Friday, February 27, 2009


The picture shows a man from Burundi who perhaps lived in crowded, cold, unhygienic conditions. He probably presented with abrupt onset fever, severe headache, tachypnea, chills, malaise, myalgias, arthralgias, abdominal tenderness, confusion, and drowsniess. The rash shown above began several days after onset of symptoms and is a red maculopapular eruption on the trunk that later spreads to the extremities. He probably had jaundice, elevated serum aminotransferases, and thrombocytopenia. All cultures are negative.

Even years after this initial episode, the patient may experience recrudescence with abrupt chills, fever, headache, malaise, and rash.

This is an interesting historical disease; periodic epidemics from the middle ages to the early 20th century killed millions of people; it has been estimated that this disease has caused more deaths than all the wars in history.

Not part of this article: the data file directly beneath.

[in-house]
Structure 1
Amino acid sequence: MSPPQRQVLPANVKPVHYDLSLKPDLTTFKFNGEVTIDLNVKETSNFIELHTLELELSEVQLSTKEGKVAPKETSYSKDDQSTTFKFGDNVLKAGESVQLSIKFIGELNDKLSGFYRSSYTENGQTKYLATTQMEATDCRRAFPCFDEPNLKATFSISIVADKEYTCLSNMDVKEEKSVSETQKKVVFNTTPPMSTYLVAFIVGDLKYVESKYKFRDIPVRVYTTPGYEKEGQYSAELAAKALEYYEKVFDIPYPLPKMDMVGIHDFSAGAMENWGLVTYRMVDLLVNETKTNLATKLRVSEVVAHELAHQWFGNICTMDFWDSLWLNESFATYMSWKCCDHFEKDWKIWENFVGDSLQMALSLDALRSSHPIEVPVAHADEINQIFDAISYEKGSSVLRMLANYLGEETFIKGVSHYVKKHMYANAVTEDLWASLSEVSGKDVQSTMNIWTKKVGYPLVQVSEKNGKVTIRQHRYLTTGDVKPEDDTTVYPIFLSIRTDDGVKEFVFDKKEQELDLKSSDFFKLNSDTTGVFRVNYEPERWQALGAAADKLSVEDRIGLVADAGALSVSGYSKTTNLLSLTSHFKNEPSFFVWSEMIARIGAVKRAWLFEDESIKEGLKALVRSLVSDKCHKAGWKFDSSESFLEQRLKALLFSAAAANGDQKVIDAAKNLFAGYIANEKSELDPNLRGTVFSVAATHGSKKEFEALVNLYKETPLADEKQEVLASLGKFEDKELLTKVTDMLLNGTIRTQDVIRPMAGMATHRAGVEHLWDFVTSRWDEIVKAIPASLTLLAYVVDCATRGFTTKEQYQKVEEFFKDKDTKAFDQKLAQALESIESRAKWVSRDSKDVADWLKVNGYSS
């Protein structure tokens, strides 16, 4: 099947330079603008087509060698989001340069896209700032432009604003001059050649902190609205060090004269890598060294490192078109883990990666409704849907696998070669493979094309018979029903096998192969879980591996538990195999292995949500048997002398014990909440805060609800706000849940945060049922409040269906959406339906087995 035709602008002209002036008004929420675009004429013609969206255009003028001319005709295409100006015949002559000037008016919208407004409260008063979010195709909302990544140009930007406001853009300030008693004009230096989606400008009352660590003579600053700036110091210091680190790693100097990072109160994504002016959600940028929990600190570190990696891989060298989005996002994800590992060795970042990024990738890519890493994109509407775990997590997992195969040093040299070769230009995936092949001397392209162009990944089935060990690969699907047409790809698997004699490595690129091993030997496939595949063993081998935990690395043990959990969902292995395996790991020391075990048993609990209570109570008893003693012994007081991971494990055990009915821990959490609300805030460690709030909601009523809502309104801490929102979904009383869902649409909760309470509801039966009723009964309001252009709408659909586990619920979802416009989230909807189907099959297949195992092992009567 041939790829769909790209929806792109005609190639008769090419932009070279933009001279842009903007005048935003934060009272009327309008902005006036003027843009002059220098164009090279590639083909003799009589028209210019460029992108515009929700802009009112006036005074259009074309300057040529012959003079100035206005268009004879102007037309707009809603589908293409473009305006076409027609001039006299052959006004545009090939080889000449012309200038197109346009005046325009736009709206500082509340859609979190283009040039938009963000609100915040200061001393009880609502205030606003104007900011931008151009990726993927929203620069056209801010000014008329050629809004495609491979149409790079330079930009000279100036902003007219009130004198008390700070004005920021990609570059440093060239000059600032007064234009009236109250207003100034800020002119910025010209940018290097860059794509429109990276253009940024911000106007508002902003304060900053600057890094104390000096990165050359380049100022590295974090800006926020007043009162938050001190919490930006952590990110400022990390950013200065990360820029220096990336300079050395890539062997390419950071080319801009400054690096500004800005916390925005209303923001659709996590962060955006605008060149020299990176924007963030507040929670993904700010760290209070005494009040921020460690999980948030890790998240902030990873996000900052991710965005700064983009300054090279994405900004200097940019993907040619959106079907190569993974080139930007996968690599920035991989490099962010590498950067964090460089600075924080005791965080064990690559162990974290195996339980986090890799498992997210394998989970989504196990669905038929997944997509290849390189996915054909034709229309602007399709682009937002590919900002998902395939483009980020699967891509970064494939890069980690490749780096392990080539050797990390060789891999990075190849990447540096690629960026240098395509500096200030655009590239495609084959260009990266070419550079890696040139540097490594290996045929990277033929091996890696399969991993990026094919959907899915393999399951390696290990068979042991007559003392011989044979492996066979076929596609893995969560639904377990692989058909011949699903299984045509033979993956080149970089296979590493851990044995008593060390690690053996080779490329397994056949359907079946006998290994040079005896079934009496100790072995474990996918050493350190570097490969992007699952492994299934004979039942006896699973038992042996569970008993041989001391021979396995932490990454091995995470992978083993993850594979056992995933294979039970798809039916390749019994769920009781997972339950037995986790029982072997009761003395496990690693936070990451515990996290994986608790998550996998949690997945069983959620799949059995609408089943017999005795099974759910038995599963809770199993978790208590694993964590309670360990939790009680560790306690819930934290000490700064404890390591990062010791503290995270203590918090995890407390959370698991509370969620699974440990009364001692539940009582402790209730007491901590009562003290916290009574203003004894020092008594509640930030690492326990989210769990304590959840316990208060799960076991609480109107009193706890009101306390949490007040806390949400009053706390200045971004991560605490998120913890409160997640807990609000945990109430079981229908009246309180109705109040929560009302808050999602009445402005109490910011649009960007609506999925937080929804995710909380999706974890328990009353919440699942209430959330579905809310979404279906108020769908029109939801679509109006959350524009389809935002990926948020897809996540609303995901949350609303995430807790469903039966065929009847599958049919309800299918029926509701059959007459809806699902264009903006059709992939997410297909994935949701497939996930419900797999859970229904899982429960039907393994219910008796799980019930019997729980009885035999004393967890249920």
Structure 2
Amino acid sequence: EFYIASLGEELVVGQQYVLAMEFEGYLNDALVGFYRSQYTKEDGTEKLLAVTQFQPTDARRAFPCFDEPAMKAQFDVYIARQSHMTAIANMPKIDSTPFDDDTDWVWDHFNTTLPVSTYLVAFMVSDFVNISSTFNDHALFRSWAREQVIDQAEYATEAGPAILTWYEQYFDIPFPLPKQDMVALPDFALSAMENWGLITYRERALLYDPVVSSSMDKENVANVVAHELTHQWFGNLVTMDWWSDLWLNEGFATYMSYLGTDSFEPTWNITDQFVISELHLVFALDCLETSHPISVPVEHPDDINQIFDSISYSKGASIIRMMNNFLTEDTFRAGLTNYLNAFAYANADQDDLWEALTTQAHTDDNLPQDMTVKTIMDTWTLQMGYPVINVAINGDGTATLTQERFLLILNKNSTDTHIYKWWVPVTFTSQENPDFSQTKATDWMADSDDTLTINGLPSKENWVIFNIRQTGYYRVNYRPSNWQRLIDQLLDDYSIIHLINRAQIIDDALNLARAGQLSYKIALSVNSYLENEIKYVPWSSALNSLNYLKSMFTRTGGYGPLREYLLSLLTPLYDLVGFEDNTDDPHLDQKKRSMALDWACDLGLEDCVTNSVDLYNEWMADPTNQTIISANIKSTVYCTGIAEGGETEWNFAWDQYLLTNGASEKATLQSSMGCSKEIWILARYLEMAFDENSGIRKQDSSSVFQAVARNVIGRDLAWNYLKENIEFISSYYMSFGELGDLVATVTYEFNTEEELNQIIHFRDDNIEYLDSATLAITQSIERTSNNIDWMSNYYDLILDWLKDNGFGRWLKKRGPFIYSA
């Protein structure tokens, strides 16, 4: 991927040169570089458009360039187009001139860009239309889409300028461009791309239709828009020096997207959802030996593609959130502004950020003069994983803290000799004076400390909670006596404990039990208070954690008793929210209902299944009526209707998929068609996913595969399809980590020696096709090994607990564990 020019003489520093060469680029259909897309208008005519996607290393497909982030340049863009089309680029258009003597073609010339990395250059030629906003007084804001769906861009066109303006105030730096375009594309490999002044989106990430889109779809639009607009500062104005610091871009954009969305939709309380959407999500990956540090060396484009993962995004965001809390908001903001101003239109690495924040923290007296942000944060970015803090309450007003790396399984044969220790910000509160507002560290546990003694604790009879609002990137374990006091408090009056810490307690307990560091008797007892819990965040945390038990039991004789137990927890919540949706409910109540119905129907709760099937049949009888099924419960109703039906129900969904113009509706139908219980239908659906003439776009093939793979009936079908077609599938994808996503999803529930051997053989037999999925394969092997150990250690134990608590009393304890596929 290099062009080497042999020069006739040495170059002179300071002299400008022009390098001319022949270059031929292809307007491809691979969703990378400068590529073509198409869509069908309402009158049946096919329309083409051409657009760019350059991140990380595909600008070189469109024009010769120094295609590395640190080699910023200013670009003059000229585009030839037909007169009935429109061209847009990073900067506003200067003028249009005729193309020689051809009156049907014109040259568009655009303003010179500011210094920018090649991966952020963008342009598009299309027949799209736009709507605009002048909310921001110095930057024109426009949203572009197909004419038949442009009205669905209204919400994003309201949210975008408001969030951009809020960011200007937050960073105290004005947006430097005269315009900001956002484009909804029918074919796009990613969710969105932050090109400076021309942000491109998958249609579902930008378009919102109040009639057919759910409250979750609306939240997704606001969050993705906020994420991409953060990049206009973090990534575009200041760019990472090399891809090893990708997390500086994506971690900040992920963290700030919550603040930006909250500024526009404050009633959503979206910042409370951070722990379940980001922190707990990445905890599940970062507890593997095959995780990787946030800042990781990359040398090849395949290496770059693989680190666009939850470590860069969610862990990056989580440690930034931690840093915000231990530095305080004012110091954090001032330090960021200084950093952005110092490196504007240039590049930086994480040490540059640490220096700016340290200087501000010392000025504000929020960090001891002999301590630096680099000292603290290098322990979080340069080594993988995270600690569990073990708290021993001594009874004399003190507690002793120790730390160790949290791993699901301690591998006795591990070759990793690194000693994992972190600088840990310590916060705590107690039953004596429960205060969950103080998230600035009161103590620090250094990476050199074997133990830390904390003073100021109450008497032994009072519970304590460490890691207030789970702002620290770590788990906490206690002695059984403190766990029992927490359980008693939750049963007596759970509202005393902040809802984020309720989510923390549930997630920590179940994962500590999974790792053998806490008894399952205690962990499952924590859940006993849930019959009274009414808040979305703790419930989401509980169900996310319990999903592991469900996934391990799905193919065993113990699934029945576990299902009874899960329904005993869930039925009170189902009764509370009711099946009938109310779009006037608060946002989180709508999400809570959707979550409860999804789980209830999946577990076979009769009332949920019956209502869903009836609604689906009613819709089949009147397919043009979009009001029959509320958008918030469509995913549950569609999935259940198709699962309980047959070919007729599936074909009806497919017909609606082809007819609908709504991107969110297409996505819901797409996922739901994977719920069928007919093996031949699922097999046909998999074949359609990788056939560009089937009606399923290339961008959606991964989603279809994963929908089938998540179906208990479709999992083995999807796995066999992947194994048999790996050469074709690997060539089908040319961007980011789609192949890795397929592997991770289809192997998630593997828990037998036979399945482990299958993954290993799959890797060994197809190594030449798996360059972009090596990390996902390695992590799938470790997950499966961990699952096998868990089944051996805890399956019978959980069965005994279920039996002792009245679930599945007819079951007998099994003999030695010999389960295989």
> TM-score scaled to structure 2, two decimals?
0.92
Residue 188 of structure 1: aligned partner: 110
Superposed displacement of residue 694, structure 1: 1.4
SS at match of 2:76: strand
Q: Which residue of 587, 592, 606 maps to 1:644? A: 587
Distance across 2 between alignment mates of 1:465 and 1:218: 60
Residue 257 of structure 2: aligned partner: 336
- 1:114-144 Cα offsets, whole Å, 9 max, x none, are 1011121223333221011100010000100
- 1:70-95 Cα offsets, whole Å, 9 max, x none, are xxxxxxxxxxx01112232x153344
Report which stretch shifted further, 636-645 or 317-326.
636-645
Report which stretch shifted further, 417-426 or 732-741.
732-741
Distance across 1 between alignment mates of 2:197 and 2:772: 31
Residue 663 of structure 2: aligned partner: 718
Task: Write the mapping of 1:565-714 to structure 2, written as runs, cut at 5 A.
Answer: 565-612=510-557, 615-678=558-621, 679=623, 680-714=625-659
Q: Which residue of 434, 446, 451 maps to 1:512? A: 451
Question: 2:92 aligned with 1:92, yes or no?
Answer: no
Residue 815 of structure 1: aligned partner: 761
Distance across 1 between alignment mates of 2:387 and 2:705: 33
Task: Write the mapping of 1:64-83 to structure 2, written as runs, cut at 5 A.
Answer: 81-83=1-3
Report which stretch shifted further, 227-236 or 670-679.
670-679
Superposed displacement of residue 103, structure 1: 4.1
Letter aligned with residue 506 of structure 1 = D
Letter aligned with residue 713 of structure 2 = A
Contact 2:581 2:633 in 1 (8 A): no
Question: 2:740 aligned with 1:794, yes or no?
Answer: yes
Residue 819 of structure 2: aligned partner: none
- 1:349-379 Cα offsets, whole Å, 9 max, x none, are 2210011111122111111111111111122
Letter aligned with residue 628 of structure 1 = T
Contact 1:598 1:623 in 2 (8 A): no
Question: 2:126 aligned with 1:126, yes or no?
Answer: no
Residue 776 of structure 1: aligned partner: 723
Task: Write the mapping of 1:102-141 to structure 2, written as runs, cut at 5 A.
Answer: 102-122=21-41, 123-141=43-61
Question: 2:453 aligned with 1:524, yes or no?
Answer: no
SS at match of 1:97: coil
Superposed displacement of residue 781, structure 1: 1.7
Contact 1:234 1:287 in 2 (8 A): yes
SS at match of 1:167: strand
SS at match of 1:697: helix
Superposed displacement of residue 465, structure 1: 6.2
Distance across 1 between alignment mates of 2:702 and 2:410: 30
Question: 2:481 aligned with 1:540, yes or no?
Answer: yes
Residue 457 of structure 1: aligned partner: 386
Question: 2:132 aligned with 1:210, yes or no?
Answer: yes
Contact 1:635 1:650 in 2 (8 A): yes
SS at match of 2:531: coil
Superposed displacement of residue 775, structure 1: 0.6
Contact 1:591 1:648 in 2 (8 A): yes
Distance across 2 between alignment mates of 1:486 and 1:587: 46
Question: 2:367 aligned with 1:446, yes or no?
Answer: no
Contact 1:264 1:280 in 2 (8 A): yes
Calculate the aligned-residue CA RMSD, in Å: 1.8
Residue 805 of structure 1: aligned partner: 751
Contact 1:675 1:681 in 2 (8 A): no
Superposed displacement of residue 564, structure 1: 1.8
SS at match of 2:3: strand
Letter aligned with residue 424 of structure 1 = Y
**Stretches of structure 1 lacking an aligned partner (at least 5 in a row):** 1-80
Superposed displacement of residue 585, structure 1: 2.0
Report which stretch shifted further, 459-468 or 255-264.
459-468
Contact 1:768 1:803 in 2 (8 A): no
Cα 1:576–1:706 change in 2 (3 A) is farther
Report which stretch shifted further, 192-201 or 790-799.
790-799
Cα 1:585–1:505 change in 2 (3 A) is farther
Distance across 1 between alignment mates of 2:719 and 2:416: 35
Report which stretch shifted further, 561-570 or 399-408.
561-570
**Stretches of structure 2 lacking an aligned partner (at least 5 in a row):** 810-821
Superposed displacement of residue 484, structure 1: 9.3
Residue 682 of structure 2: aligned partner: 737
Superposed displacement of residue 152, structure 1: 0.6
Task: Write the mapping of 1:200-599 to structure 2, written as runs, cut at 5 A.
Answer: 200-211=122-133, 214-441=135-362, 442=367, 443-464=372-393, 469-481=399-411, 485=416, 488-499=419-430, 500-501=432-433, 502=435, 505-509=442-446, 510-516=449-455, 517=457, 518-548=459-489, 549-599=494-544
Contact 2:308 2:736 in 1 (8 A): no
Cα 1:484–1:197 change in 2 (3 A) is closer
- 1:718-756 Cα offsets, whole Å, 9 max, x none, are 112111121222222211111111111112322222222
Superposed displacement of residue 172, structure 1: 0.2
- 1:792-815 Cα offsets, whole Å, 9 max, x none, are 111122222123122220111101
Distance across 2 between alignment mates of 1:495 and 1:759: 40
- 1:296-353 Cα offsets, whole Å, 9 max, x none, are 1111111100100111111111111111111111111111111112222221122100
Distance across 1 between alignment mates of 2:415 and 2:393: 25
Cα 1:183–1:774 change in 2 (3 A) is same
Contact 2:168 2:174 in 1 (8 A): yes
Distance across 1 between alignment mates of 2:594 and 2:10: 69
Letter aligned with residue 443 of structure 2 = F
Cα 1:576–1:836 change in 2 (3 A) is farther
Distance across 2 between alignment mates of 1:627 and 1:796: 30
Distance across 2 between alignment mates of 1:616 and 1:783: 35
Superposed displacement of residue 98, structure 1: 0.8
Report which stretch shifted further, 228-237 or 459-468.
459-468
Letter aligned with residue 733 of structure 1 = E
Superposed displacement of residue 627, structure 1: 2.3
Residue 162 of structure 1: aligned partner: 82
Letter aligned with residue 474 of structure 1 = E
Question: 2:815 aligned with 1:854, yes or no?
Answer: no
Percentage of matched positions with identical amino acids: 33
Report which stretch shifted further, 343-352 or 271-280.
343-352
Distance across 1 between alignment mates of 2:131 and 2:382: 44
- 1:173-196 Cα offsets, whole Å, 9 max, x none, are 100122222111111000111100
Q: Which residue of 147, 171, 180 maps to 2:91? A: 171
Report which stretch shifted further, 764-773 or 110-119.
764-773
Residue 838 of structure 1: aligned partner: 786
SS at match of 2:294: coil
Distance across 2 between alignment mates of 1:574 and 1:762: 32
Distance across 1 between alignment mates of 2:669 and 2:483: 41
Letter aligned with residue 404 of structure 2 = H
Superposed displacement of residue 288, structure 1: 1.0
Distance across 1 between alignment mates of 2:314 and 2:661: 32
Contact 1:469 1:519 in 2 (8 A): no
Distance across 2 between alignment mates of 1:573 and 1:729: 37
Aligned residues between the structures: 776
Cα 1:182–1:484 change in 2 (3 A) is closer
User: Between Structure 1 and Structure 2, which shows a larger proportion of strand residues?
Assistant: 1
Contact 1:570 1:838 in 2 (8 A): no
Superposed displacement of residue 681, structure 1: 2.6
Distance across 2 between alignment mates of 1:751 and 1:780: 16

Challenge: What's the cause of this disease? What is the recrudescence called?

Image is in the public domain.

1 comment:

Craig Chen said...


This is epidemic typhus, a louse-borne exanthematous disease caused by Rickettsia prowazekii. The principal vector is the body and head louse (Pediculosis humanus); rickettsiae are present in the louse feces and introduced due to abraded or injured skin or mucous membranes. Recently, cases have been reported in Burundi, Rwanda, and Ethiopia. Recrudescence of this disease is Brill-Zinser disease, which is often mild. Serologic tests make the diagnosis, and drug of choice is doxycycline.

Sources: UpToDate; Wikipedia.